New Ideas, New Skillsets. 4.2.2016

I started my professional career around 2011 (not counting lifeguarding or an illustrious career in hosting house parties), Windows 7 was just taking over the corporate world and the company I worked for was amidst its initial migration from XP...I was part of the team responsible for implementing the changes. Sounds pretty boring. It was. The people made the job work, and I loved it. Balancing time between school and work was a skill I grew to love. (Mostly because I had to) I pledged my first big bet by 2013 that I would be working for that same company after graduation and had everything figured out by Junior year of college. Happy.

I had a few other work experiences at different places. None really matched the initial experience I had in 2011, which is a backwards story in of itself. I was pretty set, though so no complaints here...Senior year of college changed this a bit. For the entirety of the first semester I was involved in what was the beginnings of a health-tech startup; attending meetups, (NJTechMeetup is awesome!) brainstorming ideas, and innovating in a space I had absolutely no professional experience in. I had mixed feelings, but I was excited to be a part of something new. I realized I wanted to be more than a support agent; took design-driven classes, focused my energy into software development, and laid the foundation for a complete 180 degree turn in my career path.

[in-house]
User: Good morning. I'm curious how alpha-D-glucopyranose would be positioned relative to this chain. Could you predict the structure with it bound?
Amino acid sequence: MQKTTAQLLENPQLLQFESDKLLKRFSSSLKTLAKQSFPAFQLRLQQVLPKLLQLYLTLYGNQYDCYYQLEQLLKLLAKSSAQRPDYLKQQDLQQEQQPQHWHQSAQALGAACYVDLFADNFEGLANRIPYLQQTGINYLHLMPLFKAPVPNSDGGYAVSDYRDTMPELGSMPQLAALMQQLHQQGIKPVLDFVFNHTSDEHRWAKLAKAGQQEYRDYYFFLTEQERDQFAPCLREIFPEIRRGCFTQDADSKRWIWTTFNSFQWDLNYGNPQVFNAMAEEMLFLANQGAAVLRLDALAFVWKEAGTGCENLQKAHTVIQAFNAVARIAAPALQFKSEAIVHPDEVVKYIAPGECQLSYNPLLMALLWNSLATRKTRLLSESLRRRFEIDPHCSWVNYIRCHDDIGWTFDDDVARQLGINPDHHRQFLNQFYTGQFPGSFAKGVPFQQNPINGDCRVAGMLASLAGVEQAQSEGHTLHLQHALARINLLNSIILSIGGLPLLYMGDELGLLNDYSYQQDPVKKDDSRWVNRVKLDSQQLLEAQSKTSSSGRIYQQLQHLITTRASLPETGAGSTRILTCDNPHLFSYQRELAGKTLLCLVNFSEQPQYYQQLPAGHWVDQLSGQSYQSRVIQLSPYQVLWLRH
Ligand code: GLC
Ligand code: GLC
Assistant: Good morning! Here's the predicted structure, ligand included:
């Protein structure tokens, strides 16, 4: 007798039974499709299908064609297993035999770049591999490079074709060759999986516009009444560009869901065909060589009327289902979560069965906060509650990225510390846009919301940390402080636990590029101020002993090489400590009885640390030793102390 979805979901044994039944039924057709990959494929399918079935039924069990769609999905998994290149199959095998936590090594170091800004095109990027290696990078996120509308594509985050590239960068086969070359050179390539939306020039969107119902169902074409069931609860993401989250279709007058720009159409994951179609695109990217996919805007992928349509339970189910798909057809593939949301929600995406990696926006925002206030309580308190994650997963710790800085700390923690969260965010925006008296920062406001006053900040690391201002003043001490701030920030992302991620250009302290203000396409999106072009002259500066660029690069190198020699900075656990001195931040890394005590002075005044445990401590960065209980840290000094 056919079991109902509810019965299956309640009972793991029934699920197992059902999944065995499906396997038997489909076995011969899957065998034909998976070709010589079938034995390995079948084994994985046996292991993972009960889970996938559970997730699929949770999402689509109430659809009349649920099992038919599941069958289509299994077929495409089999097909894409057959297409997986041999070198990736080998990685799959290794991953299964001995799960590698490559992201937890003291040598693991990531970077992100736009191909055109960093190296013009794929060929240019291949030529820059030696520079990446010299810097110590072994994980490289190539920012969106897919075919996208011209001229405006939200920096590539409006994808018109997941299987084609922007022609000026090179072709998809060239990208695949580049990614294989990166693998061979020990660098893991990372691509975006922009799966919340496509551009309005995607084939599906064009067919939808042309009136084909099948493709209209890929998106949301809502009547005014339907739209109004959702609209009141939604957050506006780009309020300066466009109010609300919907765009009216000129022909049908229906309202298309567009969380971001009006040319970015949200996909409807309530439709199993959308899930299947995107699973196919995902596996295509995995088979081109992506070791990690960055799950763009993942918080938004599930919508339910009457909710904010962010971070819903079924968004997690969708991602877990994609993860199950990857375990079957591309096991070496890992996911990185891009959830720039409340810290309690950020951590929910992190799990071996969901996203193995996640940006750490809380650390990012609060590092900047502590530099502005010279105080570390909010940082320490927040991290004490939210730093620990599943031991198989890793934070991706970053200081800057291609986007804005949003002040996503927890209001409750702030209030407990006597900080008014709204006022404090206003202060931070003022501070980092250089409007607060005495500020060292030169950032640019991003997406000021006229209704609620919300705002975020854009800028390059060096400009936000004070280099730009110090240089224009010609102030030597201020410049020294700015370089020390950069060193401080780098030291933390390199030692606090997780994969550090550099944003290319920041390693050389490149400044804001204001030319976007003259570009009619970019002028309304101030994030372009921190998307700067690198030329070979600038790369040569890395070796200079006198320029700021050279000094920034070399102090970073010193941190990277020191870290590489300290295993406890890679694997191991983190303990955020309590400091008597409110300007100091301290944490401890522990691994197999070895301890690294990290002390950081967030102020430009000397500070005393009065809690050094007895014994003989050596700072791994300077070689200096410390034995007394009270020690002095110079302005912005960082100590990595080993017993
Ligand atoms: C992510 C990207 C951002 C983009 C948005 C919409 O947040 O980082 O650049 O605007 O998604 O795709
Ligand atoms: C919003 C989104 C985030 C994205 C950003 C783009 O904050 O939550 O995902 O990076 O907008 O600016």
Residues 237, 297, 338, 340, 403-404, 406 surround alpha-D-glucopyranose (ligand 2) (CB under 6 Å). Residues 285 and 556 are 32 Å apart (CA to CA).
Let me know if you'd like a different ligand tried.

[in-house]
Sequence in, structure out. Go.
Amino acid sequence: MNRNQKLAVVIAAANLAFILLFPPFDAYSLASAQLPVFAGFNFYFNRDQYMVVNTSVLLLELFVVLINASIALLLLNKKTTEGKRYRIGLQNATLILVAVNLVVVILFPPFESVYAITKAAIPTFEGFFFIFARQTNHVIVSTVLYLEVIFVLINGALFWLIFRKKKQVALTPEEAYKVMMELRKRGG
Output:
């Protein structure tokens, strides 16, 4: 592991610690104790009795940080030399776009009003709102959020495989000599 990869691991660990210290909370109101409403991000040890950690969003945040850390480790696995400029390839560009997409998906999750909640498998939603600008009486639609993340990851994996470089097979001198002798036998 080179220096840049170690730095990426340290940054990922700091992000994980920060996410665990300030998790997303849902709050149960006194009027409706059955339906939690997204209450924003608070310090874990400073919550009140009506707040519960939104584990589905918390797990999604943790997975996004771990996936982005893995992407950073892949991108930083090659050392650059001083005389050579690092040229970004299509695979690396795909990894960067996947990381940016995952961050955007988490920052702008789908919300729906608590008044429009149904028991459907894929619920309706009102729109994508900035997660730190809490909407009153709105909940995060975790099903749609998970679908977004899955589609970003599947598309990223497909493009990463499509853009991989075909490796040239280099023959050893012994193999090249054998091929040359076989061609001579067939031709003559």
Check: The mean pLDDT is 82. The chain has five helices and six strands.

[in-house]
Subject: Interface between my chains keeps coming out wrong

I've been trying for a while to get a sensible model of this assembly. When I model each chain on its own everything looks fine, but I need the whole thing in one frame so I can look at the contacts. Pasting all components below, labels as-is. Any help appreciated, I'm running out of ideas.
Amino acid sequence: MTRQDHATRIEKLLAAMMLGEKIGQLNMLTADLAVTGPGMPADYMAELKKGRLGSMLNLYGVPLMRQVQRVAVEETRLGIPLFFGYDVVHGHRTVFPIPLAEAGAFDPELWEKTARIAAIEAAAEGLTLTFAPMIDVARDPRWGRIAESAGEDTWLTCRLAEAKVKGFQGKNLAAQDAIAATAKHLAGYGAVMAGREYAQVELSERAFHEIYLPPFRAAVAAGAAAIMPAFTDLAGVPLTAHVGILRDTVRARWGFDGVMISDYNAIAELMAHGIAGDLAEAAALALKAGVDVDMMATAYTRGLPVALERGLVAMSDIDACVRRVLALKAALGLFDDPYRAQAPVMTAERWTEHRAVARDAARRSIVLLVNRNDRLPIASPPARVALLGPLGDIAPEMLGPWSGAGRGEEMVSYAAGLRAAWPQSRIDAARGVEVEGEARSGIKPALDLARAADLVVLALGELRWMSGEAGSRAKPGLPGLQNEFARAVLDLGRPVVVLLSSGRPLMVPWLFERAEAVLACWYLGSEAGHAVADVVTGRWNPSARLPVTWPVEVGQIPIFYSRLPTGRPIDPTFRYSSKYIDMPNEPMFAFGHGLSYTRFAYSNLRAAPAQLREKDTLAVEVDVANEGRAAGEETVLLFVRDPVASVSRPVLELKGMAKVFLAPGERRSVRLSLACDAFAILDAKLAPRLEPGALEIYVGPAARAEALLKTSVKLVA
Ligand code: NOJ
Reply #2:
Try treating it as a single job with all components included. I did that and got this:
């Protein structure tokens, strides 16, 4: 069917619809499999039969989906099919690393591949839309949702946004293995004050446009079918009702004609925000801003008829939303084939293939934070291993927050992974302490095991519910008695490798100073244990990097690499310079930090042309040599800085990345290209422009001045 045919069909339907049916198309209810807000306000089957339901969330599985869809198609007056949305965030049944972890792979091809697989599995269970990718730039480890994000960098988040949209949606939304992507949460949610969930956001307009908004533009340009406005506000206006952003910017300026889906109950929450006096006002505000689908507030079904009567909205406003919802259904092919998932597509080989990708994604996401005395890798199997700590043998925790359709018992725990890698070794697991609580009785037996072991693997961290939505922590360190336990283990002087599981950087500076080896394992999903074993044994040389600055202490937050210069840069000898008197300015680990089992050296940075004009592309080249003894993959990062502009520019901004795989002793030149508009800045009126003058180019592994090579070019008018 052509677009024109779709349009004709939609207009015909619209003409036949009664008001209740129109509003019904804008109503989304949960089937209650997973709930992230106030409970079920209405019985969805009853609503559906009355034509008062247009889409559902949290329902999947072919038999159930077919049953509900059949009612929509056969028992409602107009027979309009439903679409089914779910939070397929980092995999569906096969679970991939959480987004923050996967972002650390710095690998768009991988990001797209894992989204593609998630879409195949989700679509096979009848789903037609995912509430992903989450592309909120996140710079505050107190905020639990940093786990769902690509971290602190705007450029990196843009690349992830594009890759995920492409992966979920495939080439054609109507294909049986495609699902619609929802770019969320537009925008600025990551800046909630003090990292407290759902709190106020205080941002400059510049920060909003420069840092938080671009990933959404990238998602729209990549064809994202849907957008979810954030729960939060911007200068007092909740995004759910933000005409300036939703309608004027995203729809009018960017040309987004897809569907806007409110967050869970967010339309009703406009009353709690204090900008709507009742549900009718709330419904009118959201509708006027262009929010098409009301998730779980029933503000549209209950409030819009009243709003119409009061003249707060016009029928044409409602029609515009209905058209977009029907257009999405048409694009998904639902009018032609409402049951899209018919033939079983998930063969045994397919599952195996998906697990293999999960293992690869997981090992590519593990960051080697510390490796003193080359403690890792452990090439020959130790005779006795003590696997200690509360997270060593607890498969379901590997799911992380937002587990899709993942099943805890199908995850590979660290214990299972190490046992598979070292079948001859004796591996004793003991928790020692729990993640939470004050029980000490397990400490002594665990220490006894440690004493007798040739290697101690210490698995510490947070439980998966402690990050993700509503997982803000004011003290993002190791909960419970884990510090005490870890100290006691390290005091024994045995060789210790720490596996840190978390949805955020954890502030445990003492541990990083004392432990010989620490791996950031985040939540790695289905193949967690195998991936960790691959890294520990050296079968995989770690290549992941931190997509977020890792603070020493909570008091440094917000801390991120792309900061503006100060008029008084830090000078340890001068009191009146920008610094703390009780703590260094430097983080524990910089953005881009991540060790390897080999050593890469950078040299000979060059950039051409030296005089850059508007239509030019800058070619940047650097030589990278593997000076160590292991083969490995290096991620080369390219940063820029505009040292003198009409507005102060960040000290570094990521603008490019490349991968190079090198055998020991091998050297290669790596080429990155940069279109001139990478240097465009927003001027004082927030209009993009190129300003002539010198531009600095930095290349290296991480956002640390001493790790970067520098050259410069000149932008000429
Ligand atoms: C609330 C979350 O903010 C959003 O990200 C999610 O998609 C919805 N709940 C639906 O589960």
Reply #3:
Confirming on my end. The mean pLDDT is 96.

Fastforward a few years to the present, and I'm working in the mHealth space innovating and developing new solutions that positively impact people's lives. (when the code works...right?) I've been developing Android mobile health apps for almost a year now, joined #TeamNexus, and have worked on two from scratch on the dev team. One might pop up around the Play Store this year, if all goes well with the business side of things...and if not, there's always my side projects. (Hint: you're reading it.)


Expect more technical, nerdy blurbs from me about Modern Web + Android development. Thanks for reading.